Pediment over the east entrance to the Senate wing of the U.S. Capitol
The center figure is America, who stands with an eagle at her side and the sun at her back. On the right, a woodsman, hunter, Indian chief, Indian mother and child, and Indian grave represent the early days of America. On the left the diversity of human endeavor is suggested by the soldier, the merchant, the two youths, the schoolmaster and child, and the mechanic. Completing this side of the tympanum are sheaves of wheat, symbolic of fertility, and an anchor, symbolic of hope; these elements are in contrast with the grave at the opposite end of the tympanum.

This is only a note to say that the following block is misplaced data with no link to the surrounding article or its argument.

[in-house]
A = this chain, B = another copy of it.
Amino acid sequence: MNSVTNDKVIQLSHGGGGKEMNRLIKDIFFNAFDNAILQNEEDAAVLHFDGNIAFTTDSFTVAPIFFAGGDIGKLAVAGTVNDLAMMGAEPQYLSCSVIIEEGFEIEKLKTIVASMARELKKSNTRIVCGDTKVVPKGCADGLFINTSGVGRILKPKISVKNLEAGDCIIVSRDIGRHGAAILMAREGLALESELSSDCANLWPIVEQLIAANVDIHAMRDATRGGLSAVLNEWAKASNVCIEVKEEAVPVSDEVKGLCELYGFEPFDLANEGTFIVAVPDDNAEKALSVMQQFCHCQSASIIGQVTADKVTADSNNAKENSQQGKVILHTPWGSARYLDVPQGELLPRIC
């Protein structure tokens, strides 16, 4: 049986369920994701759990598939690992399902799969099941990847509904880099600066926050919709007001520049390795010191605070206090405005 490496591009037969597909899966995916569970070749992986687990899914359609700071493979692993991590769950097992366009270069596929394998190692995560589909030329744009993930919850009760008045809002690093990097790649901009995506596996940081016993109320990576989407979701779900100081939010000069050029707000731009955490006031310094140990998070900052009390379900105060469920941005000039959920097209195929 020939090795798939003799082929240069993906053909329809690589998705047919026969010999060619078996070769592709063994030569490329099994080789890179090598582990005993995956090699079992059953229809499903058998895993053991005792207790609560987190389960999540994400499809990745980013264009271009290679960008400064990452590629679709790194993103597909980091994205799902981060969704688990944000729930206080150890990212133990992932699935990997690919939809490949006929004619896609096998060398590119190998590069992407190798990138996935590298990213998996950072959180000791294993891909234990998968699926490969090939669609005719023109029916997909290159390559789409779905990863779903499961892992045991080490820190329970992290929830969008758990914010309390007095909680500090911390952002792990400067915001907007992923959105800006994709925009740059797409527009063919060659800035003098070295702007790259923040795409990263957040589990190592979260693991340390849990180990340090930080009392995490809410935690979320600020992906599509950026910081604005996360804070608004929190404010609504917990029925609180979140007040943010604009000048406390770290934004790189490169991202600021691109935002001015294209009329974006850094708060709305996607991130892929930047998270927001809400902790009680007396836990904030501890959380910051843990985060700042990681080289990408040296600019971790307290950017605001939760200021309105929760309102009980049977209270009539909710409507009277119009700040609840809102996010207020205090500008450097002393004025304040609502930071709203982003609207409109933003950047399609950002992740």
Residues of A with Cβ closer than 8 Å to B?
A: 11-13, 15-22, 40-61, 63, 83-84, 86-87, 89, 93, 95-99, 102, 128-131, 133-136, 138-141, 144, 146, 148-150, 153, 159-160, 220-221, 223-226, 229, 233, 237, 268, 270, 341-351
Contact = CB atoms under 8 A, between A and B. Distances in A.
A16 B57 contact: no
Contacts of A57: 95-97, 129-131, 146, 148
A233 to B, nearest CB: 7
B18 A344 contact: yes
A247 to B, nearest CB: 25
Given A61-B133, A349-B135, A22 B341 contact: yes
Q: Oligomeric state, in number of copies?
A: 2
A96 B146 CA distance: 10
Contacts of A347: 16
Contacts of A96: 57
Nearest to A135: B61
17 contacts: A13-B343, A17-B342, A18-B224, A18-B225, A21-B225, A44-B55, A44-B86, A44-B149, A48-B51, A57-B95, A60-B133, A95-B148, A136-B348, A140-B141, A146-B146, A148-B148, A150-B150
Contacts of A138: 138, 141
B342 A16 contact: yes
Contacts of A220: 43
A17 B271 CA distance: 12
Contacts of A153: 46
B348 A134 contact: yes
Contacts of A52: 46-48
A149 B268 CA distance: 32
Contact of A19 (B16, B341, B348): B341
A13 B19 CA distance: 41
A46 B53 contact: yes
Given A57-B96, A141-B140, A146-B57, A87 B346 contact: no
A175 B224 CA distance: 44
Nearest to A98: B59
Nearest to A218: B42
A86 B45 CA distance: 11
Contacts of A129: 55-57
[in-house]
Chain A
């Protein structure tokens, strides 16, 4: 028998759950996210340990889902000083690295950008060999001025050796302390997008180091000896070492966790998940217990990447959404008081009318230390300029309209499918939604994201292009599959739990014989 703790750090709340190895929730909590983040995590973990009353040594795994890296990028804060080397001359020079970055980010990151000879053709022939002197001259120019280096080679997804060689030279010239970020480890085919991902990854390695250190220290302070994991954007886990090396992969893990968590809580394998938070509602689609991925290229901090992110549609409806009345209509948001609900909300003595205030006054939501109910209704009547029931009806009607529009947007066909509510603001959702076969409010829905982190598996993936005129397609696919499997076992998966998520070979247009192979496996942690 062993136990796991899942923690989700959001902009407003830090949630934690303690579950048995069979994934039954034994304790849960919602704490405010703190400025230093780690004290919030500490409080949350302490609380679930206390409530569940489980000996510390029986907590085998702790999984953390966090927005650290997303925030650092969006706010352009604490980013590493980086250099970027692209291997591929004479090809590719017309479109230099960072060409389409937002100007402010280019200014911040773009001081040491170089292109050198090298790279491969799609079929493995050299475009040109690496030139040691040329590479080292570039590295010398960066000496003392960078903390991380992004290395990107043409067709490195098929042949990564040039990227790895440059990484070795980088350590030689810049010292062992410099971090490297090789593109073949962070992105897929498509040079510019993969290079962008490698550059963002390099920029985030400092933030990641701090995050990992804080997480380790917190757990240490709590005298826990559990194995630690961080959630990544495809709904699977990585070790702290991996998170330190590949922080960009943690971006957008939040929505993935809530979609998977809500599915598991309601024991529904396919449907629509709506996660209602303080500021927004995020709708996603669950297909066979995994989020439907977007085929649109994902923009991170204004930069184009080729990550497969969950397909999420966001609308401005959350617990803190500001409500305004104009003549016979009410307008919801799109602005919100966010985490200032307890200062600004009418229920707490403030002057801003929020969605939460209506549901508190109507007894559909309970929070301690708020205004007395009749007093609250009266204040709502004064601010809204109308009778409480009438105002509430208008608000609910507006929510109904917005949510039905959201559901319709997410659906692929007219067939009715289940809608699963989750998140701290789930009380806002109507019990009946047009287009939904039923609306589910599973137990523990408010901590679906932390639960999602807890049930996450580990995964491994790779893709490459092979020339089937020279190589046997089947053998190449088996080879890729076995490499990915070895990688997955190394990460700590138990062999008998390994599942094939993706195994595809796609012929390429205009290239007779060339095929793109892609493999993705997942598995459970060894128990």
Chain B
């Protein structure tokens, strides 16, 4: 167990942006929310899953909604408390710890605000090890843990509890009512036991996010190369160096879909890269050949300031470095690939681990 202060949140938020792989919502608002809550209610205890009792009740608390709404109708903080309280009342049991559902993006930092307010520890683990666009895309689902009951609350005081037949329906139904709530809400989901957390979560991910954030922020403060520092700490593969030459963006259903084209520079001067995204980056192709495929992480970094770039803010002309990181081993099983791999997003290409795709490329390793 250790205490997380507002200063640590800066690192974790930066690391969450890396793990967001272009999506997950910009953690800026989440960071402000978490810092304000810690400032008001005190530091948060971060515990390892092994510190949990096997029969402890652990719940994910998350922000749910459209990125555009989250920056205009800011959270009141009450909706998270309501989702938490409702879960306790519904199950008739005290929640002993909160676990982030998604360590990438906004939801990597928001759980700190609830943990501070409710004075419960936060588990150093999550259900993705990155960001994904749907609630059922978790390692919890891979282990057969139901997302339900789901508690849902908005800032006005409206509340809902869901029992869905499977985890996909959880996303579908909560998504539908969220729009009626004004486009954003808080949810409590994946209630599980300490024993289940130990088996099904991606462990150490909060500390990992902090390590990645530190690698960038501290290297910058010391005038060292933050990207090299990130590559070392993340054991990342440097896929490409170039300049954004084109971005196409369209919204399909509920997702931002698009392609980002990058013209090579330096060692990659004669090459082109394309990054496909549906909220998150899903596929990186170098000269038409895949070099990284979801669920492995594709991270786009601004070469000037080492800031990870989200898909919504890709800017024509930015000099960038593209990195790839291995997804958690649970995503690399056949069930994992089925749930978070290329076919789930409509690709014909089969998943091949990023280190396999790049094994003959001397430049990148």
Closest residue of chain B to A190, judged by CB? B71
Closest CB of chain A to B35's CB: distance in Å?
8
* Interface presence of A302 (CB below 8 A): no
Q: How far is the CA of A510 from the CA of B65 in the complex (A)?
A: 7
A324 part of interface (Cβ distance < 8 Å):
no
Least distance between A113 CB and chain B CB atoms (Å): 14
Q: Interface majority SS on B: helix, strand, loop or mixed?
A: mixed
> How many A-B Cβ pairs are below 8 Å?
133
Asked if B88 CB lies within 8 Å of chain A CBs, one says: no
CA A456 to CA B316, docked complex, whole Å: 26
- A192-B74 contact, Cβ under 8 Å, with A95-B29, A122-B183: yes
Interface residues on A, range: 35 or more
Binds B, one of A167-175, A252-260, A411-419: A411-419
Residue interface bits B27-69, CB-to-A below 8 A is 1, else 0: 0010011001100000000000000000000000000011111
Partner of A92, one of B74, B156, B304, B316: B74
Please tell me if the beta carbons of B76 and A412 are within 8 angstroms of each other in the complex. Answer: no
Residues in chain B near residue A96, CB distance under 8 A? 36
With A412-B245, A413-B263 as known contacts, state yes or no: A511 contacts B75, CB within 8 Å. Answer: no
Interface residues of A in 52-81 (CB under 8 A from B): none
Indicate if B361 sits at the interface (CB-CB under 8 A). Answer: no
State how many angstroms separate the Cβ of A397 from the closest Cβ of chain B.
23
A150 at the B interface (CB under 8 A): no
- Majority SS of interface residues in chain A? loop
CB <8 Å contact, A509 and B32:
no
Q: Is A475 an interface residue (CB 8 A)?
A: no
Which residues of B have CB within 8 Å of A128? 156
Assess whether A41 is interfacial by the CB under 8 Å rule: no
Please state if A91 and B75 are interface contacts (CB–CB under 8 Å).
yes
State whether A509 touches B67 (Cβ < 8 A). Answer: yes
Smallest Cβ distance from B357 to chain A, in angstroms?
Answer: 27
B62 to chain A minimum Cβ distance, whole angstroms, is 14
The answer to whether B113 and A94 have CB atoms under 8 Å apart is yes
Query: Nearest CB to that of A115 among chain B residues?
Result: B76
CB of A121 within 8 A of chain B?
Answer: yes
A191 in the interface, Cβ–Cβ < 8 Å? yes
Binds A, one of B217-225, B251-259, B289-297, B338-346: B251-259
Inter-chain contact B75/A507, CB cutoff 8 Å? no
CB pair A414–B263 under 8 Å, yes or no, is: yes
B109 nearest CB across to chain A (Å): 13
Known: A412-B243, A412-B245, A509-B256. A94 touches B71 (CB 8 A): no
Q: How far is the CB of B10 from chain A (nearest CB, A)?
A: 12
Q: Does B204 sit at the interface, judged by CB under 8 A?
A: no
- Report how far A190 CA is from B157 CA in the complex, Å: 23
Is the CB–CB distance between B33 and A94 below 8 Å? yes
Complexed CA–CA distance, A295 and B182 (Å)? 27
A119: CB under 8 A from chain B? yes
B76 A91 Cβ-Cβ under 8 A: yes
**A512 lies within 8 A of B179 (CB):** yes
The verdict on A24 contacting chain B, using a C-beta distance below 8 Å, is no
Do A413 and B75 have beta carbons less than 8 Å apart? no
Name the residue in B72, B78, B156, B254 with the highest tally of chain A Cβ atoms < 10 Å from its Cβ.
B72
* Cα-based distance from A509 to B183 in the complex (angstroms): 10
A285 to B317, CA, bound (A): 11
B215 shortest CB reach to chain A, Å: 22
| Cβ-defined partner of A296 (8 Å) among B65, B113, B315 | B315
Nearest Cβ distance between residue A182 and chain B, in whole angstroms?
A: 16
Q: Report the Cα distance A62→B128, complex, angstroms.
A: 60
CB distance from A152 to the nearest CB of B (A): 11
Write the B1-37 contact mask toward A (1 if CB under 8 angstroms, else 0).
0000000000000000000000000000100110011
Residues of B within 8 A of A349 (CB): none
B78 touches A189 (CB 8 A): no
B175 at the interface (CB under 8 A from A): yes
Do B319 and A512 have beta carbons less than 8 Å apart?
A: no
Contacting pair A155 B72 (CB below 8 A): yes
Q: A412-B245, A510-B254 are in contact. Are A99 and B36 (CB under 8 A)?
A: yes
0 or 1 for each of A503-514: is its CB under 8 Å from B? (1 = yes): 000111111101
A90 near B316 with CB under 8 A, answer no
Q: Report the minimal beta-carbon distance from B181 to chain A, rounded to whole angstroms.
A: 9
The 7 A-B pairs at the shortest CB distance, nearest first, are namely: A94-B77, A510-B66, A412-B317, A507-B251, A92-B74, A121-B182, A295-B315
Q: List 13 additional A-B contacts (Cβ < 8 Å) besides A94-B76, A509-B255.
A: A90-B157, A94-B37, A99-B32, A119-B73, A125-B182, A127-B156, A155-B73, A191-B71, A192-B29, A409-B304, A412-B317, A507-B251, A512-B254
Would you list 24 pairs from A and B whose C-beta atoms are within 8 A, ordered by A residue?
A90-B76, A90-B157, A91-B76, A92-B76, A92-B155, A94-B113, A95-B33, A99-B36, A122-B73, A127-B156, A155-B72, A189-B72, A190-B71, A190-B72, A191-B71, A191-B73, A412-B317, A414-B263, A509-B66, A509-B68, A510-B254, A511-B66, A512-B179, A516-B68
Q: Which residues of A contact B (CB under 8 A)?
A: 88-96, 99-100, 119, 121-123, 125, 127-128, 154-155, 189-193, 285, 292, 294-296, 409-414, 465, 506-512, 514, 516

The figures were designed by American sculptor Thomas Crawford in Rome, Italy, in 1854. They were carved at the Capitol in 1855-1859 from Lee, Massachusetts, marble and erected in 1863.
The sculptor, Thomas Crawford (1814-1857), also created the Statue of Freedom atop the dome, the designs of bronze Senate and House doors, and the figures of Justice and History above the Senate bronze doors.